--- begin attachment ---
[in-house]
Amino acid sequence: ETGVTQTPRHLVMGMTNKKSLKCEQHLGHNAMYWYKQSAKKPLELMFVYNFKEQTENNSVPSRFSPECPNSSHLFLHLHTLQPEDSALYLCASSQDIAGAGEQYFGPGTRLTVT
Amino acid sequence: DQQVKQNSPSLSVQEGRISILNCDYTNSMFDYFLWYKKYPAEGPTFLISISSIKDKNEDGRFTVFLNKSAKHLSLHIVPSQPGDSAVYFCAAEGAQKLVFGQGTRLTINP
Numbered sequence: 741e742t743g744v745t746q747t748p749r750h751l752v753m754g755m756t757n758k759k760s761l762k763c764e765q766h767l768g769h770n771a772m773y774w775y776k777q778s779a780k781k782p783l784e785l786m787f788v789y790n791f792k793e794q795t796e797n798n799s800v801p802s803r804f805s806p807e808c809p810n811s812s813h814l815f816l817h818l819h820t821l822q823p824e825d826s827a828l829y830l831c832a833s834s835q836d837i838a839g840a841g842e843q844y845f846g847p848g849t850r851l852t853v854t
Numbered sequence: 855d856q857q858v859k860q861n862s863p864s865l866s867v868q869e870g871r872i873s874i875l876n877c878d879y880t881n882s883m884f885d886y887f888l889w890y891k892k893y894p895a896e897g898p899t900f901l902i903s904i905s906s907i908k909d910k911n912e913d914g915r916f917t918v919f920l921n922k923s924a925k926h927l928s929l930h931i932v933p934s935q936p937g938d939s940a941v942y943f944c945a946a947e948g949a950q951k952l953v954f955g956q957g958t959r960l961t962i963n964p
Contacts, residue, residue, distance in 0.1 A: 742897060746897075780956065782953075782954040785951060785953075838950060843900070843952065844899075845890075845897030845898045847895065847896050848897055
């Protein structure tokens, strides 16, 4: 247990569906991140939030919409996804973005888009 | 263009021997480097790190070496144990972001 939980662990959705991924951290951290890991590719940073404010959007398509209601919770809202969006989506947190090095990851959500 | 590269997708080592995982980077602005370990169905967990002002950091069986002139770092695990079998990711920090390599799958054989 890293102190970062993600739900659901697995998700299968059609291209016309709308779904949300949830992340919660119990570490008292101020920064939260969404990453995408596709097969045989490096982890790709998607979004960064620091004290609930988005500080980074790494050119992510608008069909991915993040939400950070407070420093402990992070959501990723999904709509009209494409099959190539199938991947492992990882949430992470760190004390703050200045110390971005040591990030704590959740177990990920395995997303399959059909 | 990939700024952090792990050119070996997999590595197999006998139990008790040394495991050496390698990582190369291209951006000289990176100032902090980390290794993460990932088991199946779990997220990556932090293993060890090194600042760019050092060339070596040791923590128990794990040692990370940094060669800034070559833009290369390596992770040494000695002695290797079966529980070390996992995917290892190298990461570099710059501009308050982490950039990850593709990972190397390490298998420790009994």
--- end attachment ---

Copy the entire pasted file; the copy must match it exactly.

[in-house]
Amino acid sequence: ETGVTQTPRHLVMGMTNKKSLKCEQHLGHNAMYWYKQSAKKPLELMFVYNFKEQTENNSVPSRFSPECPNSSHLFLHLHTLQPEDSALYLCASSQDIAGAGEQYFGPGTRLTVT
Amino acid sequence: DQQVKQNSPSLSVQEGRISILNCDYTNSMFDYFLWYKKYPAEGPTFLISISSIKDKNEDGRFTVFLNKSAKHLSLHIVPSQPGDSAVYFCAAEGAQKLVFGQGTRLTINP
Numbered sequence: 741e742t743g744v745t746q747t748p749r750h751l752v753m754g755m756t757n758k759k760s761l762k763c764e765q766h767l768g769h770n771a772m773y774w775y776k777q778s779a780k781k782p783l784e785l786m787f788v789y790n791f792k793e794q795t796e797n798n799s800v801p802s803r804f805s806p807e808c809p810n811s812s813h814l815f816l817h818l819h820t821l822q823p824e825d826s827a828l829y830l831c832a833s834s835q836d837i838a839g840a841g842e843q844y845f846g847p848g849t850r851l852t853v854t
Numbered sequence: 855d856q857q858v859k860q861n862s863p864s865l866s867v868q869e870g871r872i873s874i875l876n877c878d879y880t881n882s883m884f885d886y887f888l889w890y891k892k893y894p895a896e897g898p899t900f901l902i903s904i905s906s907i908k909d910k911n912e913d914g915r916f917t918v919f920l921n922k923s924a925k926h927l928s929l930h931i932v933p934s935q936p937g938d939s940a941v942y943f944c945a946a947e948g949a950q951k952l953v954f955g956q957g958t959r960l961t962i963n964p
Contacts, residue, residue, distance in 0.1 A: 742897060746897075780956065782953075782954040785951060785953075838950060843900070843952065844899075845890075845897030845898045847895065847896050848897055
């Protein structure tokens, strides 16, 4: 247990569906991140939030919409996804973005888009 | 263009021997480097790190070496144990972001 939980662990959705991924951290951290890991590719940073404010959007398509209601919770809202969006989506947190090095990851959500 | 590269997708080592995982980077602005370990169905967990002002950091069986002139770092695990079998990711920090390599799958054989 890293102190970062993600739900659901697995998700299968059609291209016309709308779904949300949830992340919660119990570490008292101020920064939260969404990453995408596709097969045989490096982890790709998607979004960064620091004290609930988005500080980074790494050119992510608008069909991915993040939400950070407070420093402990992070959501990723999904709509009209494409099959190539199938991947492992990882949430992470760190004390703050200045110390971005040591990030704590959740177990990920395995997303399959059909 | 990939700024952090792990050119070996997999590595197999006998139990008790040394495991050496390698990582190369291209951006000289990176100032902090980390290794993460990932088991199946779990997220990556932090293993060890090194600042760019050092060339070596040791923590128990794990040692990370940094060669800034070559833009290369390596992770040494000695002695290797079966529980070390996992995917290892190298990461570099710059501009308050982490950039990850593709990972190397390490298998420790009994």